You are going to read an article about a policewoman. For questions 8-14, choose the answer (A, B, C or D) which you think fits best according to the text.
This is WPC Sue Porter’s third year as a member of Avon and Somerset’s task force, a specialised ‘hit-squad’ providing support for her colleagues. Her job is physically and mentally taxing. From disarming a knife attacker to bringing round the victim of a car crash she is expected to perform as well as the boys.
Her 119 male colleagues in the squad would doubtless recognise that the words ‘task force’ are usually associated with males. To try to remedy this the unit was renamed ‘support team’ on January 1. Porter, 26, is one of three women working in it. ‘I’m not out to prove something because I’m a woman. I’m out to be me. They can’t expect any more from me and if they do they’re going to be disappointed: she says.
Porter is less than 5ft 5in tall and weighs about nine stone. In a fight she says her colleagues would probably feel better with a 6ft well-built man behind them. ‘If I know we are going where things are going to be difficult I offer to drive. The driver always stays with the van. But no-one else would ever ask me to drive, and often we don’t have time to prepare and it’s the ones in the back who get out and deal with it.’ Last year, ‘dealing with it’ included having building blocks and bricks thrown at them in several protests and riots.
Porter says the violence is there, no matter what sex you are. ‘Being a woman makes little difference. Sometimes people tell you that you shouldn’t be in this job, but that’s usually their way of explaining why they’ve hit you. But sometimes a couple of men will react better to a woman telling them to calm down: they see a big man as a good opportunity to fight.’
At the station Porter books in her struggling prisoner. He has no home address and is unemployed. He does not like being arrested by a woman and keeps swearing at her. ‘I’ll see you in court: he shouts as he is dragged to a cell.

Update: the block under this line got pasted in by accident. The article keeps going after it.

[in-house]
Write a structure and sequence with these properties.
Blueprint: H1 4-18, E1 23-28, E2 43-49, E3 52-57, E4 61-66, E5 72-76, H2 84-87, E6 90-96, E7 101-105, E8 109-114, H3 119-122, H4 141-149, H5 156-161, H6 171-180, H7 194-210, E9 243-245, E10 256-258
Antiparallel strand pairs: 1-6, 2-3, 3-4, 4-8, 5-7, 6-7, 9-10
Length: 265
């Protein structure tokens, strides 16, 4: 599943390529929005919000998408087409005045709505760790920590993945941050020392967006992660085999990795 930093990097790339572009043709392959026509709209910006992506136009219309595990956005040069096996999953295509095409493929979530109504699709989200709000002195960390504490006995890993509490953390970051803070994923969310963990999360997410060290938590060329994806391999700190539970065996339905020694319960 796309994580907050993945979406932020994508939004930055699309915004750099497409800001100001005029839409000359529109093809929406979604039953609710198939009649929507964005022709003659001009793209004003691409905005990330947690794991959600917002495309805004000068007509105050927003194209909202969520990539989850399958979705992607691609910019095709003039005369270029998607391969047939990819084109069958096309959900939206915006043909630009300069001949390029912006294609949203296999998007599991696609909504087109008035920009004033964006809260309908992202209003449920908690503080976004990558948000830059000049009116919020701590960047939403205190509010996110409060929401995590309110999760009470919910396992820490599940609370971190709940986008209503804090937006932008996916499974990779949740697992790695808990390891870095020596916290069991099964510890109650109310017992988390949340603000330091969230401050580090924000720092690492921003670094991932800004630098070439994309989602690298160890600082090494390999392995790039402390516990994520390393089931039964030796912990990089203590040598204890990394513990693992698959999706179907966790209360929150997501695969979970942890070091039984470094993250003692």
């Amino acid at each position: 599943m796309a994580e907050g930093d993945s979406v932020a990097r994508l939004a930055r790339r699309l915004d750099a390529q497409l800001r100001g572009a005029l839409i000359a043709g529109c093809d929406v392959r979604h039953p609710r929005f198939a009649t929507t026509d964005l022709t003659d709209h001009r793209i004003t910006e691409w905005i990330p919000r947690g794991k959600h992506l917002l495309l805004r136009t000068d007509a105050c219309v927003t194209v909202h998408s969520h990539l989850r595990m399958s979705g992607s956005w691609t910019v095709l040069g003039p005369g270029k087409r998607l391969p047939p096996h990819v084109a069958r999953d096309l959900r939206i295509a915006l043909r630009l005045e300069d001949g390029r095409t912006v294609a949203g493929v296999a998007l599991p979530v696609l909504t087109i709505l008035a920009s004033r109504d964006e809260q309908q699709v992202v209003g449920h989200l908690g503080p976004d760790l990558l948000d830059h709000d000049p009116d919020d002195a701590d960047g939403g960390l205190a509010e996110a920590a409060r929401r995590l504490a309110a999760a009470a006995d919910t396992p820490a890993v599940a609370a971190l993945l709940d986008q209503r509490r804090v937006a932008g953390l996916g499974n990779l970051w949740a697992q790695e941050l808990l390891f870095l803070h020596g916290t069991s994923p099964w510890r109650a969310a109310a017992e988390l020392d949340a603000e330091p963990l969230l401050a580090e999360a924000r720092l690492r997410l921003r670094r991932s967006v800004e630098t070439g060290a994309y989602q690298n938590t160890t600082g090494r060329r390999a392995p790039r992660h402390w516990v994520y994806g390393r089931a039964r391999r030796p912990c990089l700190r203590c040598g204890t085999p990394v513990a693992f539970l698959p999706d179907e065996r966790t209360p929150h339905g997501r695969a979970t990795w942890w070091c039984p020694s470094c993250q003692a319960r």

Porter looks on without emotion. It is 3.30 am and there is still the paperwork to do. The team will reassemble at 7.30 pm to prepare for Arsenal fans coming in to a sleepy Yeovil for an FA cup match. It could be a busy night.
8 What does ‘taxing’, in the third line, mean?
9 Why didn’t the men on the squad ask her to drive?
A They respected her.
B She wasn’t a good driver.
C She had to stay with the van.
D They were afraid someone would hurt her.
10 What do we learn about the people in protests and riots?
A They always throw things at the police.
B They rarely throw things at the police.
C They sometimes throw things at the police.
D They never throw things at the police.
11 Why did some people say she shouldn’t be on the hit-squad?
A They wanted to explain how they felt.
B They thought that men usually reacted better.
C They felt guilty.
D They were innocent.
12 How did the prisoner react to her arresting him?
A He dragged her to a cell.
B He asked her to read him his rights.
C He tried to insult her.
D He calmed down.
13 How did she feel about her prisoner?
A She was frightened of him.
B She was confused about her feelings.
C She was pleased that she had arrested him.
D She didn’t feel anything at all.
14 What would be the most suitable title for this article?
A Hard night for a policewoman
B No equality in the police force
C Police officers like violence
D Police work tough for beginners